How much can one afford to spend before they become broke and destitute? It appears our country is trying to discover this right now. Biden is unveiling another massive $2 Trillion spending bill, this time aimed at infrastructure, housing, education, and broadband spending. And this is on top of last year’s budget breaker of a year.
- 2020 US Government Spending: $6.5 Trillion
- 2020 US Government Federal Tax Revenue: $3.5 Trillion
We spent about twice what we made last year as a country. Spending double what you make is typically not great for a budget. And now we’re likely going to overspend again in 2021 (click below for up-to-date figures), although not for a crisis, that was last year’s $4 Trillion.
Let’s just say for the sake of argument this will be a great investment into our country’s future and pay us back well more than we’re going to spend. Who will make the payments on that extra debt?
Biden plans to raise taxes to pay for the extra debt load. A lower than average tax rate on top earners and corporations is being used as the rationale. Here are some of the details (sorry, probably too much detail) talked about during Biden’s campaign:
- Increase the corporate tax rate from 21% to 28%
- Increase taxes on those earning more than $400,000 by: 1) Reinstating the 39.6% tax bracket. 2) Phasing out the Qualified Business Income deduction 3) Imposing Social Security payroll taxes.
- Repeal the reduced capital gains and qualified dividends tax rate for taxpayers making over $1 million per year. Their gains would be taxed at the 39.6% tax rate (plus the 3.8% NIIT rate).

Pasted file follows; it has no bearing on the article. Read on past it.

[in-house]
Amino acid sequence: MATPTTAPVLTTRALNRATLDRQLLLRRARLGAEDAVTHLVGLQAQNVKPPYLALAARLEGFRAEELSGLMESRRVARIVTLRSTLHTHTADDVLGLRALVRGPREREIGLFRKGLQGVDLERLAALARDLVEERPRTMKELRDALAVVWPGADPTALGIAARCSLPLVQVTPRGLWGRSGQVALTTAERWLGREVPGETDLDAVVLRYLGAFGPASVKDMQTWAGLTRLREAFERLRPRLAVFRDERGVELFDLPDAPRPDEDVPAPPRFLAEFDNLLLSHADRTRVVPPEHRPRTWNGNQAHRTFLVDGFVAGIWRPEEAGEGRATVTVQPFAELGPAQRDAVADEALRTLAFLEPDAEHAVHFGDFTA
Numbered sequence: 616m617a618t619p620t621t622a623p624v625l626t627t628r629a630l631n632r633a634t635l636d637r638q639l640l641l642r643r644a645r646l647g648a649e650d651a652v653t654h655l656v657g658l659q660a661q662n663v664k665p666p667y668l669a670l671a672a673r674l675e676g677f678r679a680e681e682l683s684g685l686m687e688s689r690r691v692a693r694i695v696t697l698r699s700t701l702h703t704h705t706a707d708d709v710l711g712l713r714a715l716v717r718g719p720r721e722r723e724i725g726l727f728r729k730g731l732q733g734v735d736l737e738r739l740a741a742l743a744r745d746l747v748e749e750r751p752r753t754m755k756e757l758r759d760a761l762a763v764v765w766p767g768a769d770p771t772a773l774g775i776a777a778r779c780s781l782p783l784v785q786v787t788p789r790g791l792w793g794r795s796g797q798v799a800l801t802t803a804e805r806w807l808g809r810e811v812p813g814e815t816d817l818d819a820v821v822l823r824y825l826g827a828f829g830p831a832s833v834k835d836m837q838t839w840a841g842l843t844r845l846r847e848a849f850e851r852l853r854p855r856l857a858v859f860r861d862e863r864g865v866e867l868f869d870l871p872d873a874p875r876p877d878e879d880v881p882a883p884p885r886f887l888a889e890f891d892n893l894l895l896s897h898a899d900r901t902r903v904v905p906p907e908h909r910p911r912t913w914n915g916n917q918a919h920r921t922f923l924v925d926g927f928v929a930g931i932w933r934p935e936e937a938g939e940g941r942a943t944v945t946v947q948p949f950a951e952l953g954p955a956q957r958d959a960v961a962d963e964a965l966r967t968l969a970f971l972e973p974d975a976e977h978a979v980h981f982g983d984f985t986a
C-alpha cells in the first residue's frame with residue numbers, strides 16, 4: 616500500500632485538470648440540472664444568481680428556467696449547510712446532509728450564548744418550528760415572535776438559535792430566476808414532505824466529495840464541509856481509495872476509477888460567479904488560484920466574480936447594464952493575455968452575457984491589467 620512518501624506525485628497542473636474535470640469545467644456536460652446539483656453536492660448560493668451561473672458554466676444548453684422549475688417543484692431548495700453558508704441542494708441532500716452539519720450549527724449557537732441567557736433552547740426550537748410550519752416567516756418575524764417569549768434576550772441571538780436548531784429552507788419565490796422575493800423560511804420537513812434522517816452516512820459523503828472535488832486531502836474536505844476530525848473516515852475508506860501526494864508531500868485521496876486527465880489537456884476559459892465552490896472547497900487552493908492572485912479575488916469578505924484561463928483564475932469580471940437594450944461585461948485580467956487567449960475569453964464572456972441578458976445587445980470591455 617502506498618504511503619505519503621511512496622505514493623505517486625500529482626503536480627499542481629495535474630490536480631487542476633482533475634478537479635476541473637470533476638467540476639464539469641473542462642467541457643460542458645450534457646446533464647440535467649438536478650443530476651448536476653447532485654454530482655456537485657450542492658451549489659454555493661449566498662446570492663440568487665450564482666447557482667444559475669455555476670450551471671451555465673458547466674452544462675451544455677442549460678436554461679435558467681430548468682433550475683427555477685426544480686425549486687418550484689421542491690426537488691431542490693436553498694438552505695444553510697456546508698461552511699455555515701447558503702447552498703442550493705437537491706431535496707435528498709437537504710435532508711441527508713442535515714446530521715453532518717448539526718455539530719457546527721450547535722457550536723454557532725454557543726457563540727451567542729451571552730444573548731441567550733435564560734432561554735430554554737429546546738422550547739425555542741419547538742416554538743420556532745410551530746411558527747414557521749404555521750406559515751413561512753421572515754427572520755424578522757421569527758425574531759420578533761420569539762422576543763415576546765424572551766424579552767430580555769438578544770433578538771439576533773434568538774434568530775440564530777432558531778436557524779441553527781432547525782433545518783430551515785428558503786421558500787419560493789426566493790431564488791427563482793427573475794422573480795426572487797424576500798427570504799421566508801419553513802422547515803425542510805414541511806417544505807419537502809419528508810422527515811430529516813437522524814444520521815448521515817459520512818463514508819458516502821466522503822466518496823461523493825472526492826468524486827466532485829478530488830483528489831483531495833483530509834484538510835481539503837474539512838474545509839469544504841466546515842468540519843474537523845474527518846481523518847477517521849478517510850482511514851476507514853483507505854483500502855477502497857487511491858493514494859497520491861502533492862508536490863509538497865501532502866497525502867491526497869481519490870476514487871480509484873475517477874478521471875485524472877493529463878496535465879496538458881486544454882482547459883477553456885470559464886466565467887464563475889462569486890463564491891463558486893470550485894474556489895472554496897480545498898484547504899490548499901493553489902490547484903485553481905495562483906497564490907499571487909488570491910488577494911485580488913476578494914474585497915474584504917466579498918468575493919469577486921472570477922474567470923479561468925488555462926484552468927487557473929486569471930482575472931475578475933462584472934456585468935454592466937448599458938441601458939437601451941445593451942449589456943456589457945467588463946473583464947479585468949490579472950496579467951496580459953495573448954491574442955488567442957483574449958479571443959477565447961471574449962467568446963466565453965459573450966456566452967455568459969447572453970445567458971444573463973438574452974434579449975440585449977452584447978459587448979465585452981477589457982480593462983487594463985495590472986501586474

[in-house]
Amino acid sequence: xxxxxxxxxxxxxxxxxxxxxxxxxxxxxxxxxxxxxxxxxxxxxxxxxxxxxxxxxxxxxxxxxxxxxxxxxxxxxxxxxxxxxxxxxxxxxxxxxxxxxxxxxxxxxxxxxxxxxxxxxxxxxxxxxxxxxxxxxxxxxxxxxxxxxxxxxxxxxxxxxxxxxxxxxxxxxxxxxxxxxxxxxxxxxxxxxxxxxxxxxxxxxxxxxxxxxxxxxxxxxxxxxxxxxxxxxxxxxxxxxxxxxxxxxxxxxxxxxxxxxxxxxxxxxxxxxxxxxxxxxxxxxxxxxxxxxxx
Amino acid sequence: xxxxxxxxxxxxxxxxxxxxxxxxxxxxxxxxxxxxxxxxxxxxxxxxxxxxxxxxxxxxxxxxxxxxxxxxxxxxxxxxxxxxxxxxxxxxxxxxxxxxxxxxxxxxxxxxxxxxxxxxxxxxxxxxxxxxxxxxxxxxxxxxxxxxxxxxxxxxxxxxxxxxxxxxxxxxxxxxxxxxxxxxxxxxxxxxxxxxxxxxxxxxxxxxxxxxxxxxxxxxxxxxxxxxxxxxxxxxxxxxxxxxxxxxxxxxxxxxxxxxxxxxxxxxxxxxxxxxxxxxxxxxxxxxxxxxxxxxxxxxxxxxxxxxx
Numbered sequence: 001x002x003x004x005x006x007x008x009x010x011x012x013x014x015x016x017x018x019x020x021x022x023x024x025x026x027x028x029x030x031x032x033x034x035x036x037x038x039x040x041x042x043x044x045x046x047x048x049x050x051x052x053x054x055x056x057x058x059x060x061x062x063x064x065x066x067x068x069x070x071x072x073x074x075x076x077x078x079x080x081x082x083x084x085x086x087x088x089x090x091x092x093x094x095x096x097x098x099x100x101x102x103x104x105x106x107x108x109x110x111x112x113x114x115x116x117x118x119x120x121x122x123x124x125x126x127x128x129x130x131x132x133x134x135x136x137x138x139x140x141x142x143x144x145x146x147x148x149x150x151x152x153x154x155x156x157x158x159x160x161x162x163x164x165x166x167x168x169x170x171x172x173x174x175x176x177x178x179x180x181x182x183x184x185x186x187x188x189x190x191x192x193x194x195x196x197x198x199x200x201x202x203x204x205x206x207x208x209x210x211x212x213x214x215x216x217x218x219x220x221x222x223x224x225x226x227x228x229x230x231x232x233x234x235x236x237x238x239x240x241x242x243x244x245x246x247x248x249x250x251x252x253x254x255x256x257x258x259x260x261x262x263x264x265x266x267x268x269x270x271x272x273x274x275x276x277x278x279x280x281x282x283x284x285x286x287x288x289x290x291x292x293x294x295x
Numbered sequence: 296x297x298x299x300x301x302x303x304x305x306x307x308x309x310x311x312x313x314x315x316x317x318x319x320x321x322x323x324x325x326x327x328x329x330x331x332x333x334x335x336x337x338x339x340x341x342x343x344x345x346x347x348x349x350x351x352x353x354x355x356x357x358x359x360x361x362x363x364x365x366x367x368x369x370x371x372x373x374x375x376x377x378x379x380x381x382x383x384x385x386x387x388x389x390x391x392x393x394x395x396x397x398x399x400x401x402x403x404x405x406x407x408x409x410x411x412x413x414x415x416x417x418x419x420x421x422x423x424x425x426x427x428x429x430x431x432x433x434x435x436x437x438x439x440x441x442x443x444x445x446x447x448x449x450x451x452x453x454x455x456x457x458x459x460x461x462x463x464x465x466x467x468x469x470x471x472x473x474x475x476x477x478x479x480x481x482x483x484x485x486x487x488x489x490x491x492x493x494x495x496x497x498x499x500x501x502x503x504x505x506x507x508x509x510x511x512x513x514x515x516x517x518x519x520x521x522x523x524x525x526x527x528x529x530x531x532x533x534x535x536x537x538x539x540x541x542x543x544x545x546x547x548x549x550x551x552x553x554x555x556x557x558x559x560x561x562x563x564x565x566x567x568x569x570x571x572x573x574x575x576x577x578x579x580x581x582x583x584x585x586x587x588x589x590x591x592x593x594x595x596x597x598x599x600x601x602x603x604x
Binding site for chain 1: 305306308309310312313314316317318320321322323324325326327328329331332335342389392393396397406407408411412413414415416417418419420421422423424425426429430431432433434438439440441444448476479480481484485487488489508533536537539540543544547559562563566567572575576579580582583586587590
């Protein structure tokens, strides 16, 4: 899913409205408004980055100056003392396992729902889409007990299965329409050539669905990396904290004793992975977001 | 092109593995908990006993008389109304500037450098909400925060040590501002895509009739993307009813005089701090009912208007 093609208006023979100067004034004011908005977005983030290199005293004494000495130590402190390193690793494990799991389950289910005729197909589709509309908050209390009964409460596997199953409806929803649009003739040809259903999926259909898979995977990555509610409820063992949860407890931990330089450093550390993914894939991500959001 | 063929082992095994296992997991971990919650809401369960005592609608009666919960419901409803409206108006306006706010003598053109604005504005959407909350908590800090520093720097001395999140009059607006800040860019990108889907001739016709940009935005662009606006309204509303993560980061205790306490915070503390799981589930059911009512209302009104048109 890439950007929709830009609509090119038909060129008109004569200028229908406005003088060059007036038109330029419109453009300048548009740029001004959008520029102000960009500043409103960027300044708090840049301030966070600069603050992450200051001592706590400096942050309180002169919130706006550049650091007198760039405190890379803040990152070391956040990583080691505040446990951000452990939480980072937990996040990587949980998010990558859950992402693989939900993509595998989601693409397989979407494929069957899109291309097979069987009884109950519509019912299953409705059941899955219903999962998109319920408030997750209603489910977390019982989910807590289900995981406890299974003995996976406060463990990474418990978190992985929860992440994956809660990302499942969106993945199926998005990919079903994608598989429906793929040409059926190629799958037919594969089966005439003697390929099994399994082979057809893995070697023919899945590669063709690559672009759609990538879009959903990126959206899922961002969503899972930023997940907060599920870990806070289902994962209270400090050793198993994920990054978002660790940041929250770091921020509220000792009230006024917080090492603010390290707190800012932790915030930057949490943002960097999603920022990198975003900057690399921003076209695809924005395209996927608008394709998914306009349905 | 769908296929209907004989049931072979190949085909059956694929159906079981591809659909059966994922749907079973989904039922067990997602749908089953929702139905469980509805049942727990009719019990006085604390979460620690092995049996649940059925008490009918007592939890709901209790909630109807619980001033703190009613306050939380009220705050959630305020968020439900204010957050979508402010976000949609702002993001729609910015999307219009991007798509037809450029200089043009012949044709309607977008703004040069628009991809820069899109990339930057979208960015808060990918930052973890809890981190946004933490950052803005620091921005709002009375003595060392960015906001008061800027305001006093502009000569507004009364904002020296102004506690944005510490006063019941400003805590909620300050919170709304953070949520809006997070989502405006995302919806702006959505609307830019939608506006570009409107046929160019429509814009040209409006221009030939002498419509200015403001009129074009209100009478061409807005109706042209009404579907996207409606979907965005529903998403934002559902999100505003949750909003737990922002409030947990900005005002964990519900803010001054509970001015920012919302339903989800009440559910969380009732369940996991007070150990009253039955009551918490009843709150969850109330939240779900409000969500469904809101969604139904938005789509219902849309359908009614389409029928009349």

- Further limit itemized deductions by placing a cap on the tax benefit that can be received to 28% and reinstating the pre-TCJA overall limit on itemized deductions
- Repeal the step-up in basis for inherited properties
Why does this matter?
Many of our clients will be unaffected by the tax increase, so most won’t have to worry about that. But all of us will own the ever-increasing level of debt that is being taken on. The debt, now at $28 Trillion and growing, is a risk to our future. We imagine much of the pain will be felt by younger generations in the years to come.
At the end of the day, the heavy spending in 2020 was likely a necessity to kickstart the economy and avoid another economic crisis. We’re hard-pressed to say the same for this infrastructure bill. We expect to see higher taxes as a trending topic in the coming years. For the clients that are affected by this, we work with accountants and attorneys to find ways to strategize and reduce the impact.
If you have concerns, make sure to set aside time to give us a call. We’re here to do the worrying for you!